Acoustic Source Separation and Localization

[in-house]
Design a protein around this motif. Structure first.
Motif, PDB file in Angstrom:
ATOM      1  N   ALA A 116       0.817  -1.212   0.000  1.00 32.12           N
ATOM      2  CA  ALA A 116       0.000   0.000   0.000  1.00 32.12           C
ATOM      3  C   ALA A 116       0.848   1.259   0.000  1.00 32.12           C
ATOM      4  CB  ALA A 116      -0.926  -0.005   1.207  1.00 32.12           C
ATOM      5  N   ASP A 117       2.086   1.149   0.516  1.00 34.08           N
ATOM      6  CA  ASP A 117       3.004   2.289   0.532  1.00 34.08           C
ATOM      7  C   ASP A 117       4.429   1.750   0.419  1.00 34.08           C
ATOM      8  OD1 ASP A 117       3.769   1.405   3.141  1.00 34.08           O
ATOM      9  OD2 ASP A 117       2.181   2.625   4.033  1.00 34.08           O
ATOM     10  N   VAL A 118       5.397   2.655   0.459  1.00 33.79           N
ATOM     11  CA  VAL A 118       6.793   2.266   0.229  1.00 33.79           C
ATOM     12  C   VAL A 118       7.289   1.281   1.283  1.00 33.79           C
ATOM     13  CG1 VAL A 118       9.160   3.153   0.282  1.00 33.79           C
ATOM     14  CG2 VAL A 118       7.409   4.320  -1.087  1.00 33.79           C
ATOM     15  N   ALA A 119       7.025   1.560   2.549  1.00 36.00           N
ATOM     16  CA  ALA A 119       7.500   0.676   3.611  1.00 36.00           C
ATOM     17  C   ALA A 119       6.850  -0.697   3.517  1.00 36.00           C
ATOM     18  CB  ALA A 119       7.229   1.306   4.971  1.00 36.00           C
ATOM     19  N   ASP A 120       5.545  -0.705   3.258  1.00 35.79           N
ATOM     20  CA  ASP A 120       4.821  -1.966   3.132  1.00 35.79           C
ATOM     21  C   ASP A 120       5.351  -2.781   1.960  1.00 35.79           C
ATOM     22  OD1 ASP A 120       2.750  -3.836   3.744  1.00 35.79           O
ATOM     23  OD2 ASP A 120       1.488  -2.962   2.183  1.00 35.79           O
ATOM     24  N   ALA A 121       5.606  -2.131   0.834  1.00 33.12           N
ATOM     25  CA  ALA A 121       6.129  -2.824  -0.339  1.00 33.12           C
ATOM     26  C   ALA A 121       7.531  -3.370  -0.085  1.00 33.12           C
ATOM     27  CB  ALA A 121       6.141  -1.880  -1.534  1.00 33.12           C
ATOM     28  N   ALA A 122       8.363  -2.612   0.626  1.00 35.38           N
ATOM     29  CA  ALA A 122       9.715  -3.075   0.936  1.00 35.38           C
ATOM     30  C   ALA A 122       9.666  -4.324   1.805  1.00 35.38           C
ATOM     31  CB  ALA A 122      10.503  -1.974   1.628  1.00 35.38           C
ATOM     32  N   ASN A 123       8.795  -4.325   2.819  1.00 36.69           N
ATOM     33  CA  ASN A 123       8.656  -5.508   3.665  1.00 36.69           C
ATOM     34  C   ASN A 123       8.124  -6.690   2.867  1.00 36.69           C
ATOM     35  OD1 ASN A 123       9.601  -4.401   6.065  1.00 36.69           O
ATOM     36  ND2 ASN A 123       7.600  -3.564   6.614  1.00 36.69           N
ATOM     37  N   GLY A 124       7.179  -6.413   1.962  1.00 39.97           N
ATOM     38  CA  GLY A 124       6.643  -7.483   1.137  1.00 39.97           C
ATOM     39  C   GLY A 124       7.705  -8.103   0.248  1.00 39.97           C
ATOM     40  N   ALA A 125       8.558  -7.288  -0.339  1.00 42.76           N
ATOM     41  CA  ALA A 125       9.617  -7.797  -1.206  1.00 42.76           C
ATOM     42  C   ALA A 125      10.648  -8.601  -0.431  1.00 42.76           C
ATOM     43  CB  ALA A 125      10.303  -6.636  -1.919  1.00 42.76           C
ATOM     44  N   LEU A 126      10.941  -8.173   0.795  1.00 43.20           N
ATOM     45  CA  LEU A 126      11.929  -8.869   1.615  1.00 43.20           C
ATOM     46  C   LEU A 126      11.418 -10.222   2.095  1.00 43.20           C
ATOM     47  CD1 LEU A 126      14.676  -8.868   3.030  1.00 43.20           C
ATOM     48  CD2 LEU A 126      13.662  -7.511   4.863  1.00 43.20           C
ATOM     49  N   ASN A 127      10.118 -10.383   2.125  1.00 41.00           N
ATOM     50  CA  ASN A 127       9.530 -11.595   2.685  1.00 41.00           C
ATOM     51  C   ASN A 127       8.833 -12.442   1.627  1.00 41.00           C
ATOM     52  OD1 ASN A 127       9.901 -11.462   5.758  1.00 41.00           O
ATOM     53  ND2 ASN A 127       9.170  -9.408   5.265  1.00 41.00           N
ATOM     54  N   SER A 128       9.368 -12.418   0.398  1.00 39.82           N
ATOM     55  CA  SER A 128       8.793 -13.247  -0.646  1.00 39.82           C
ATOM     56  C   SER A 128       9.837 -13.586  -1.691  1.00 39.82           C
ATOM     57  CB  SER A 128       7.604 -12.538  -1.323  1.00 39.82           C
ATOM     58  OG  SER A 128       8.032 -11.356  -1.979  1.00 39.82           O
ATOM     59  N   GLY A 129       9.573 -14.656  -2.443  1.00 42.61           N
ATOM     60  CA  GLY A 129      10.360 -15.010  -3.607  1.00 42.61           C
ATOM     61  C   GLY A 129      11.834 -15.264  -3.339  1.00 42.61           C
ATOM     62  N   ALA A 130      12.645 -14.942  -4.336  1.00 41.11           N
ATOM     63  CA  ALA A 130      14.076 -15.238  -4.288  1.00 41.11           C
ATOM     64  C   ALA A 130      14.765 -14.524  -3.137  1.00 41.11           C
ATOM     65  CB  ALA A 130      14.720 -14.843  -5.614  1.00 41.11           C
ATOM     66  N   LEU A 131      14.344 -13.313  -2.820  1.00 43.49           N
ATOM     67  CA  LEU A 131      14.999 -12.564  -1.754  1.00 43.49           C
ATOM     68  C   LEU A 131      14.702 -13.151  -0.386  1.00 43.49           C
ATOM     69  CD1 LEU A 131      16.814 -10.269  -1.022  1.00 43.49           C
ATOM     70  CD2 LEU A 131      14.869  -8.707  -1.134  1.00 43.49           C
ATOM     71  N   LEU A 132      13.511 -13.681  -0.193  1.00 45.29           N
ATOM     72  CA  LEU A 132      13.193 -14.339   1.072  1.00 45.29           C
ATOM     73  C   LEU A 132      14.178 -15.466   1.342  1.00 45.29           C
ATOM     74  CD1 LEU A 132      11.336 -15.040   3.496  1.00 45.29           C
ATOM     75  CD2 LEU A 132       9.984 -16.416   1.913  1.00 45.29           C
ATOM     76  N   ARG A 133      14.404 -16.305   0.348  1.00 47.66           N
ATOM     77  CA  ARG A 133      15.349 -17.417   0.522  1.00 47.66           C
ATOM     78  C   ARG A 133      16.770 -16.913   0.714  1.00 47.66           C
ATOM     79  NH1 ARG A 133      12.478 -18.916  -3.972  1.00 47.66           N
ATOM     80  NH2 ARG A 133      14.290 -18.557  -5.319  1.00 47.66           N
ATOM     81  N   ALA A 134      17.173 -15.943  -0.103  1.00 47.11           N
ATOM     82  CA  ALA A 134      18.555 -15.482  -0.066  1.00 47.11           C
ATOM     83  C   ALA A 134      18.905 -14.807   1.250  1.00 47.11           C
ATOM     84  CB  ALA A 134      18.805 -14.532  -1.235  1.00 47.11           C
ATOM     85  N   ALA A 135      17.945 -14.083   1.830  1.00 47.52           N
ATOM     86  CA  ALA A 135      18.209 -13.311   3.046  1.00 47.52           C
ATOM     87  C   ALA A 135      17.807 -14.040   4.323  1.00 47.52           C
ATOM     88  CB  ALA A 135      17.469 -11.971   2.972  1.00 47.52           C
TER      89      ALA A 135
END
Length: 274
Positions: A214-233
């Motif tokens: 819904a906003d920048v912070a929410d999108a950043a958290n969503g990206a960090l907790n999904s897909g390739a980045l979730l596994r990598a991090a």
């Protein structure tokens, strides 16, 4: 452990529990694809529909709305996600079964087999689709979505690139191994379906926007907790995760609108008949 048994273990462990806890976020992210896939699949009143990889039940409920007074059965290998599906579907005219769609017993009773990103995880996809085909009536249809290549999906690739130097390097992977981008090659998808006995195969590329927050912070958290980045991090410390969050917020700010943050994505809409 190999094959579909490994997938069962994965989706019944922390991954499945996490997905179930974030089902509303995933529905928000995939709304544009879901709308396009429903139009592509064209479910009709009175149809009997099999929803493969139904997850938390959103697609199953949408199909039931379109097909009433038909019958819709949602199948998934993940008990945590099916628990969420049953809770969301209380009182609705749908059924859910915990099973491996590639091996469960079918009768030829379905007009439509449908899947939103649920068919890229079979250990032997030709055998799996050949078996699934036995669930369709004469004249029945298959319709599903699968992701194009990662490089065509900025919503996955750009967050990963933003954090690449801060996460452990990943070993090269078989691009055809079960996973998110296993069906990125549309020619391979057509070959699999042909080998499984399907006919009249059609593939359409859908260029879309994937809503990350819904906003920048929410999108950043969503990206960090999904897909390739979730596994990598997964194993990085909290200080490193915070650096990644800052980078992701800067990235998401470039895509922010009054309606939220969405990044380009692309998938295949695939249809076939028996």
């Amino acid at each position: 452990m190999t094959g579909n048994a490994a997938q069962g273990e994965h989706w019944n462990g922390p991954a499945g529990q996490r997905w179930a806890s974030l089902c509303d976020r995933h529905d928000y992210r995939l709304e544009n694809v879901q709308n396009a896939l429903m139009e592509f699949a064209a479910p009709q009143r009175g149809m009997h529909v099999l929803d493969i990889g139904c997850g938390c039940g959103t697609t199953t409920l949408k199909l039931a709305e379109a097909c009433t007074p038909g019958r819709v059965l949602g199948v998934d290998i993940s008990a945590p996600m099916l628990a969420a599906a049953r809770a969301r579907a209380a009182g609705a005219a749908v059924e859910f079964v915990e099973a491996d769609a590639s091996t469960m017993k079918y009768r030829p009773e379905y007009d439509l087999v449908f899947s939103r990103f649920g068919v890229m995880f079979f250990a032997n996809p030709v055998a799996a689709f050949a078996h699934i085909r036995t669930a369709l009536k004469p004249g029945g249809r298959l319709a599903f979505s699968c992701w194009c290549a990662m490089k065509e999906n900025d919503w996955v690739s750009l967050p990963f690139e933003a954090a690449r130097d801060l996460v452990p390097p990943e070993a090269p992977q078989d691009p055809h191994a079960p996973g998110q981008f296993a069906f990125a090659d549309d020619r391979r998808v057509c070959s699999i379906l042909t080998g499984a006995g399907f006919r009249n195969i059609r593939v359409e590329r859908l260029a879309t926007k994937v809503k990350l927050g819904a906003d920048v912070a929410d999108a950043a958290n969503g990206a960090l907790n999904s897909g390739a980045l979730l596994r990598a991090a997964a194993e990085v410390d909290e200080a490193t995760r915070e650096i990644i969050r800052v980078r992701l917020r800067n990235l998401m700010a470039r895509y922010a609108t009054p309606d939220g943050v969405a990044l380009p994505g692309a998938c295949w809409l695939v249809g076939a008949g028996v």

The capability of separating and localizing intermixed sounds in an auditory scene, also known as auditory scene analysis is the ear"s ability to handle the cocktail party effect. There are no useful models that emulate this holy grail of auditory research. Fourier-type theory and computational auditory scene analysis (CASA) techniques do not fully explain how the biological ear is able to"hear everything and listen to anything"even under the most challenging environmental conditions. In Phase I, we showed the feasibility and performance of novel algorithms that introduce biologically plausible models for acoustic source separation and localization with the goal of developing technology that can hear as well as humans. In Phase II, we will extend the capabilities of these models further to develop a fully biologically plausible system that will model the physiological processes underlying the human auditory system"s ability for auditory scene analysis. The intellectual merits of BioHear technology include the development of a high-performance biologically plausible system in a single, low-power compact package that is easy-to-integrate, has low computational needs, a small microphone array footprint, and runs in real-time.
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